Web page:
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Dorsal Line Modifications in Rhinoplasty

 

The shape of the nose is as varied amongst people as the weather is on any one day around the world. While not quite as distinct as a fingerprint, one’s nose shape is fairly unique in each individual. But despite this tremendous diversity in appearance, there are certain nasal shapes that many patients strive to achieve regardless of what their natural nose looks like. This creates a real challenge for any rhinoplasty surgeon in trying to achieve patient expectations.

But one aspect of nasal shape that is the least controversial and can be argued to be the most straightforward to change is the of the dorsal line. Viewed primarily in the side view the dorsal line of the nose is the profile shape from the top of the nose down to the tip along the skin. It can only have have three different profiles, straight, convex or concave. While the dorsal line does have aesthetic considerations in the front view, these do not have quite the significance as how it appears in the profile and oblique facial views.

The dorsal line is affected by the height of the nasal bones and the septum and can appear convex with a hump or concave with a saddle nose. In general a straight dorsal line is the safest aesthetic shape and would be considered one primary goal in many rhinoplasty surgeries. It is also considered the functionally safest nasal shape as it prevents collapse of the middle vault and potential nasal airway insufficiency.

The dorsal line is also considered gender neutral, being that a straight-line shape is desired by both men and women. But this is not always the case. In some women who seek a ‘cuter’ or definitely a strong feminine nose, a more concave dorsal line profile is preferred. It is the antithesis for treating a larger dorsal hump or a hook nose. Changing the dorsal line to this profile is particularly useful in transgender male to female rhinoplasty where ‘overdoing’ the dorsal line reduction helps create a more feminine appearance. As it turns out I have yet to have a male who wants anything other than a straight dorsal line and some may even prefer the maintenance of a residual dorsal hump or convexity.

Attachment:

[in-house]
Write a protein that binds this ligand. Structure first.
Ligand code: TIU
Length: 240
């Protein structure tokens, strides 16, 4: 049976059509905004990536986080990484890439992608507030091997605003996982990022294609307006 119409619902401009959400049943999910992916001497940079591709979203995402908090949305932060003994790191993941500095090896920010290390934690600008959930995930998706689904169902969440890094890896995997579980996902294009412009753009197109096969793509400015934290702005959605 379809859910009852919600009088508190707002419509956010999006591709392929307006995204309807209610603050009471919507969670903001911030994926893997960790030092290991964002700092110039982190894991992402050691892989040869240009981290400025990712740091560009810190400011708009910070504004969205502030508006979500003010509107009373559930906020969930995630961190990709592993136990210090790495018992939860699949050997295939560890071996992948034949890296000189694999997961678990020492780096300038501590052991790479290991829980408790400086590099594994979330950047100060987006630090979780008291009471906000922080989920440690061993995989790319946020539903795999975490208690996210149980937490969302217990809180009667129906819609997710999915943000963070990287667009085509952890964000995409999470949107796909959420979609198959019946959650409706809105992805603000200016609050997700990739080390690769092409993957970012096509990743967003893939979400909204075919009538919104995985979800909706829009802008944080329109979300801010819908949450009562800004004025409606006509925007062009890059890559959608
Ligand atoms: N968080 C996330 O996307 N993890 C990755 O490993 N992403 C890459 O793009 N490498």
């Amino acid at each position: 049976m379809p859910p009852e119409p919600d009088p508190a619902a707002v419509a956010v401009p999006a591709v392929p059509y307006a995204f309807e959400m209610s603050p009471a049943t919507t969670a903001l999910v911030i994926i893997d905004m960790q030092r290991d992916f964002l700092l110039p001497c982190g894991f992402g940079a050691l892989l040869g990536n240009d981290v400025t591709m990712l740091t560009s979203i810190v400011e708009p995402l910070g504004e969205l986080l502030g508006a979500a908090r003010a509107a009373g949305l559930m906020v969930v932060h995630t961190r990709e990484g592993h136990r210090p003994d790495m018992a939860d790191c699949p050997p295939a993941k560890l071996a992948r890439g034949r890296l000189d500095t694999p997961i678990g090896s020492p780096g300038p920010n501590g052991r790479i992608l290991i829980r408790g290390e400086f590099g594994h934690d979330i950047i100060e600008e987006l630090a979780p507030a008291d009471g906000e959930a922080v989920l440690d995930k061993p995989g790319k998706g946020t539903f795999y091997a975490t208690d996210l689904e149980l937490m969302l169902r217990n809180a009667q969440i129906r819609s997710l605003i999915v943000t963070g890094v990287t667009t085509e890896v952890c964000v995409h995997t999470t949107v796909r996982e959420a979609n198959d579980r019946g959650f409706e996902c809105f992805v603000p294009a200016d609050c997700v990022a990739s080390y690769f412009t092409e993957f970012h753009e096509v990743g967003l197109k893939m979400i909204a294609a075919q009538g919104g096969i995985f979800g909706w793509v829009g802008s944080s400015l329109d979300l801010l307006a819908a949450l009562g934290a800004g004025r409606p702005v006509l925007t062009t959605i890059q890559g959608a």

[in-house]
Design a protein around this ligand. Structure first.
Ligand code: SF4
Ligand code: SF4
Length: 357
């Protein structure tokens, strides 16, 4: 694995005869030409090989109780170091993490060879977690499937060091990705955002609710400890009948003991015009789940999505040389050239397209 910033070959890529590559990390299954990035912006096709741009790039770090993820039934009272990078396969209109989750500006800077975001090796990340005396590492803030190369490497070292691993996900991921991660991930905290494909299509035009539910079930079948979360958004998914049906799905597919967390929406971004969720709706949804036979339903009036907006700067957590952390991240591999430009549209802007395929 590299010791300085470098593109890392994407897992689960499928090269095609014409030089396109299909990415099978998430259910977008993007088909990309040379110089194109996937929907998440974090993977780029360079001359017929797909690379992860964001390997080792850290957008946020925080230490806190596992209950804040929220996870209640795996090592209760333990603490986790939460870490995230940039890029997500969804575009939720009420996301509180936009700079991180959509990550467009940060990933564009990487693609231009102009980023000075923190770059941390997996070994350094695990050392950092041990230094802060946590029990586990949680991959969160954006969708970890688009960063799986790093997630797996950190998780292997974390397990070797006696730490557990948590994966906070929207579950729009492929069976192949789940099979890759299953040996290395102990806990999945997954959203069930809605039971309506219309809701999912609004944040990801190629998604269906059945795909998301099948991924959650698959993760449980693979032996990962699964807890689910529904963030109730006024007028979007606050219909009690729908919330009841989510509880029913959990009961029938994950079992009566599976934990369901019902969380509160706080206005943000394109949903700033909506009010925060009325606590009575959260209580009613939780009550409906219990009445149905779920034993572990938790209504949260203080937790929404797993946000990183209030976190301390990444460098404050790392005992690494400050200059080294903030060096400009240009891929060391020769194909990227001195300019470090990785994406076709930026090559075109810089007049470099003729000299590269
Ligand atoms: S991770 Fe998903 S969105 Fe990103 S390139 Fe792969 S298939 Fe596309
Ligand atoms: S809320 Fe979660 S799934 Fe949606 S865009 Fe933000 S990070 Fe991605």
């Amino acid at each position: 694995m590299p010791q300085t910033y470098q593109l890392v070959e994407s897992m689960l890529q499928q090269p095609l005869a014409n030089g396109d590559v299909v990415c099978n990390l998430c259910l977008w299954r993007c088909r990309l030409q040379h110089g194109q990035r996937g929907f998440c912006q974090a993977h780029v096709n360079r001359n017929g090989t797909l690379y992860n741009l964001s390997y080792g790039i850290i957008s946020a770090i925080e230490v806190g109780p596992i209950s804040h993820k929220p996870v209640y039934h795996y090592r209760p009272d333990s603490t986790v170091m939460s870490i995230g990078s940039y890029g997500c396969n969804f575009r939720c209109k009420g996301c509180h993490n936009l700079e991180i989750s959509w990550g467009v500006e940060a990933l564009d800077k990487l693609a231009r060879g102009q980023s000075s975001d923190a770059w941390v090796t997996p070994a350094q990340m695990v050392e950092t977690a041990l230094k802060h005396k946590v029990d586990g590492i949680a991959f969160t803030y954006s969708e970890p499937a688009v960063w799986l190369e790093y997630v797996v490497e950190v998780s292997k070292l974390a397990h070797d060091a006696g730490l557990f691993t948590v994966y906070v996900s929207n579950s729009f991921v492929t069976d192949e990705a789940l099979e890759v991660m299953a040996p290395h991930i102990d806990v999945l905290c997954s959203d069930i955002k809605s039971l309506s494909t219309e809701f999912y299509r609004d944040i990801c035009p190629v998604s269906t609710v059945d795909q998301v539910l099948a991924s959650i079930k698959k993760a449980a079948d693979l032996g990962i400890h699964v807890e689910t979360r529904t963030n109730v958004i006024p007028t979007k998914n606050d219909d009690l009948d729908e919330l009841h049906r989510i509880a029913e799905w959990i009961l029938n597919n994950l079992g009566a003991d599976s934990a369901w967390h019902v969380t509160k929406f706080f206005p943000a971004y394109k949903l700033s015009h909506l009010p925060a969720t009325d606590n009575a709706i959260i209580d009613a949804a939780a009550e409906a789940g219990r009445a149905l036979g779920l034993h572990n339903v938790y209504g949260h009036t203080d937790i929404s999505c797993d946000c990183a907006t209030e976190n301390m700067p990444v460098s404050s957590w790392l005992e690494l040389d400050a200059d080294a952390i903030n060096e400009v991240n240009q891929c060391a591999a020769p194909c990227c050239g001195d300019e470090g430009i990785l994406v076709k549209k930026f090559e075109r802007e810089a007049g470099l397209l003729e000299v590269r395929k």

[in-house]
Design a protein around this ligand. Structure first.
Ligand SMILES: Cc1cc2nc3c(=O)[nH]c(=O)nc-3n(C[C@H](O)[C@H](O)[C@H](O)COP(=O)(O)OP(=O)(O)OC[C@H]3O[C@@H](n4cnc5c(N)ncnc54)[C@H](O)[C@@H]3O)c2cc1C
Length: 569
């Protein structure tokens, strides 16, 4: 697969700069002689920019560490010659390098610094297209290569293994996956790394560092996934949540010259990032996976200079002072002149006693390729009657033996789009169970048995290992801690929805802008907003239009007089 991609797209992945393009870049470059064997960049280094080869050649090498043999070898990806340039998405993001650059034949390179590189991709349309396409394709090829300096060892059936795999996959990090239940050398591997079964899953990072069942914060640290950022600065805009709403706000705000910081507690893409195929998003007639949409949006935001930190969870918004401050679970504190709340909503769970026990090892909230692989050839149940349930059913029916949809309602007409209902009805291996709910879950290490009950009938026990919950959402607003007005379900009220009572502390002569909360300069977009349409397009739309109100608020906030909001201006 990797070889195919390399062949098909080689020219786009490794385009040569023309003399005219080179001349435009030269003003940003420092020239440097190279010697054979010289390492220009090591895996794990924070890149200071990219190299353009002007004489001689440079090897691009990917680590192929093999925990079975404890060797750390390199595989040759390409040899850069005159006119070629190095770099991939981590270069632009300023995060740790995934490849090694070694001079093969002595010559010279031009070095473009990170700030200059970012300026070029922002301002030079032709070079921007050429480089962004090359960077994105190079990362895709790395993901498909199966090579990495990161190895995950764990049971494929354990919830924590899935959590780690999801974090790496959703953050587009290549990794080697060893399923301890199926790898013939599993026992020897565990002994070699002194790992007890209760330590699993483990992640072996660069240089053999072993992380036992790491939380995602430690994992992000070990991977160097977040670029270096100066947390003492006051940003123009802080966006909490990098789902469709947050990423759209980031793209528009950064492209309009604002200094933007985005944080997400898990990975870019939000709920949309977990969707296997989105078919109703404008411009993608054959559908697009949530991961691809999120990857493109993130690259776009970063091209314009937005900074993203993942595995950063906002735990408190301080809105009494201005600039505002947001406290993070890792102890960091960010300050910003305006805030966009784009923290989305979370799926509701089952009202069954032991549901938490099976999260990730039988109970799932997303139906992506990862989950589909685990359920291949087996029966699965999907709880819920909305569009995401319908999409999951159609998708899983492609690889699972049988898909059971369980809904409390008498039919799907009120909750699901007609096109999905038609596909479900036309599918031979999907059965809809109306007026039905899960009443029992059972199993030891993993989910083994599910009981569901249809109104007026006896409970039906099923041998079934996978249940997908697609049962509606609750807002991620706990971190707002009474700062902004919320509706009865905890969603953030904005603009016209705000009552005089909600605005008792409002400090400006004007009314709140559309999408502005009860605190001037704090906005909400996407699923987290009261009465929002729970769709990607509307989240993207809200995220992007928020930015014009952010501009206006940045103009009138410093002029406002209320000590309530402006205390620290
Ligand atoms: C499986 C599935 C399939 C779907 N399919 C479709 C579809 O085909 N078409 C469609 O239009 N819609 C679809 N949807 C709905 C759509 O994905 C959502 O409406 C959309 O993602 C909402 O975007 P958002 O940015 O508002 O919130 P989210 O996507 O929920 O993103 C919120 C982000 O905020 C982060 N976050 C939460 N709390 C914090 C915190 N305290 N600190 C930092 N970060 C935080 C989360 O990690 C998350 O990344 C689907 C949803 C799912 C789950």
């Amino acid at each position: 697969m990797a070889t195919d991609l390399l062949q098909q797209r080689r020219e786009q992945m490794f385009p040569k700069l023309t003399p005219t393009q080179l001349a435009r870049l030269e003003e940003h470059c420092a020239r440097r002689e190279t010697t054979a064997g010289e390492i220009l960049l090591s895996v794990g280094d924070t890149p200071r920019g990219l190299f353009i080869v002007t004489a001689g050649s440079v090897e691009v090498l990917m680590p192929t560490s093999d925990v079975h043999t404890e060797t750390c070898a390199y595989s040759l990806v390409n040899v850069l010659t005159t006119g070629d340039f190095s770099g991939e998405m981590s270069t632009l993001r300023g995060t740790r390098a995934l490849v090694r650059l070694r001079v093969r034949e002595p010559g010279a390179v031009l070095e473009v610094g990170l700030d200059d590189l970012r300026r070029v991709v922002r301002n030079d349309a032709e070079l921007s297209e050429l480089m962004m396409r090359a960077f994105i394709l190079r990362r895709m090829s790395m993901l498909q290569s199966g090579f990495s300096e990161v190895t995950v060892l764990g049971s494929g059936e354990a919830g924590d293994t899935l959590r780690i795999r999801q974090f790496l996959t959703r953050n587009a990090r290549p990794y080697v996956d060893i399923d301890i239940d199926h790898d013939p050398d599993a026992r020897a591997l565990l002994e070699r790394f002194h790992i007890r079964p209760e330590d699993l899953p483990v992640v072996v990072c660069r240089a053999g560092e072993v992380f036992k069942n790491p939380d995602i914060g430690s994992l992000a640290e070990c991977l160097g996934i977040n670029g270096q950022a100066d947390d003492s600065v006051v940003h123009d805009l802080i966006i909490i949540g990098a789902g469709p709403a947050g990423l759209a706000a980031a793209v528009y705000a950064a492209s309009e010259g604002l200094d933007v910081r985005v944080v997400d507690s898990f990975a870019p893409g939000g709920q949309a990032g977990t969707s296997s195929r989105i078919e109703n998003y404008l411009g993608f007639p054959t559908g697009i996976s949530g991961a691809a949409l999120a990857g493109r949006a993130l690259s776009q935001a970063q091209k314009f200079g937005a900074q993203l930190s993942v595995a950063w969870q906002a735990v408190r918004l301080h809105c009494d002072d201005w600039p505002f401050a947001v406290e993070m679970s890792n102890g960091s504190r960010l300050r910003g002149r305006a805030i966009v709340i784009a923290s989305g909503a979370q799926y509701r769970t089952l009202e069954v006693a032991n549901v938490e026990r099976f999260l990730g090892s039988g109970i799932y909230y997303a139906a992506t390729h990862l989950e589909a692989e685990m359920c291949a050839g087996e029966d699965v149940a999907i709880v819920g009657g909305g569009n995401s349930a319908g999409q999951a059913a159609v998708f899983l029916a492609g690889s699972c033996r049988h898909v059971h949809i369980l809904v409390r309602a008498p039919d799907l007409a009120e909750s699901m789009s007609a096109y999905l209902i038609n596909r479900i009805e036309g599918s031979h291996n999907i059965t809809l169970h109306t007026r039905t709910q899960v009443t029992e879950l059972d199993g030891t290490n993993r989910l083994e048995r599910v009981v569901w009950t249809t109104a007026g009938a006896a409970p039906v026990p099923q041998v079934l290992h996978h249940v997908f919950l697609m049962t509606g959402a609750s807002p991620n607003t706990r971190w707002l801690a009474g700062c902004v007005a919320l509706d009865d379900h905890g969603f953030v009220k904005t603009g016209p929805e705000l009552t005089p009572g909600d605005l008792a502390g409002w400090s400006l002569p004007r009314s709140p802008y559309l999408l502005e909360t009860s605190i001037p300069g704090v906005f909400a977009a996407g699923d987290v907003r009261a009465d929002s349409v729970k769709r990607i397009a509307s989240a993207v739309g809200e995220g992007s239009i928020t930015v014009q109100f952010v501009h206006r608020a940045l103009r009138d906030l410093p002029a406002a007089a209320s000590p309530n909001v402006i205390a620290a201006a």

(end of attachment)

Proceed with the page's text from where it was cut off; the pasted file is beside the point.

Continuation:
In the older female nose where some tip dropping may have occurred, rotating the tip upward and lowering the dorsal line, can have a rejuvenating facial effect.

Determine before surgery what type of dorsal line profile a patients wants is one of the most straightforward imaging changes to make. Its impact affects the entire rhinoplasty result and is usually one of the top three types of changes a patient wants to surgically make to their nose.

Dr. Barry Eppley

Indianapolis, Indiana


Dr. Barry EppleyDr. Barry Eppley

Dr. Barry Eppley is an extensively trained plastic and cosmetic surgeon with more than 20 years of surgical experience. He is both a licensed physician and dentist as well as double board-certified in both Plastic and Reconstructive Surgery and Oral and Maxillofacial Surgery. This training allows him to perform the most complex surgical procedures from cosmetic changes to the face and body to craniofacial surgery. Dr. Eppley has made extensive contributions to plastic surgery starting with the development of several advanced surgical techniques. He is a revered author, lecturer and educator in the field of plastic and cosmetic surgery.

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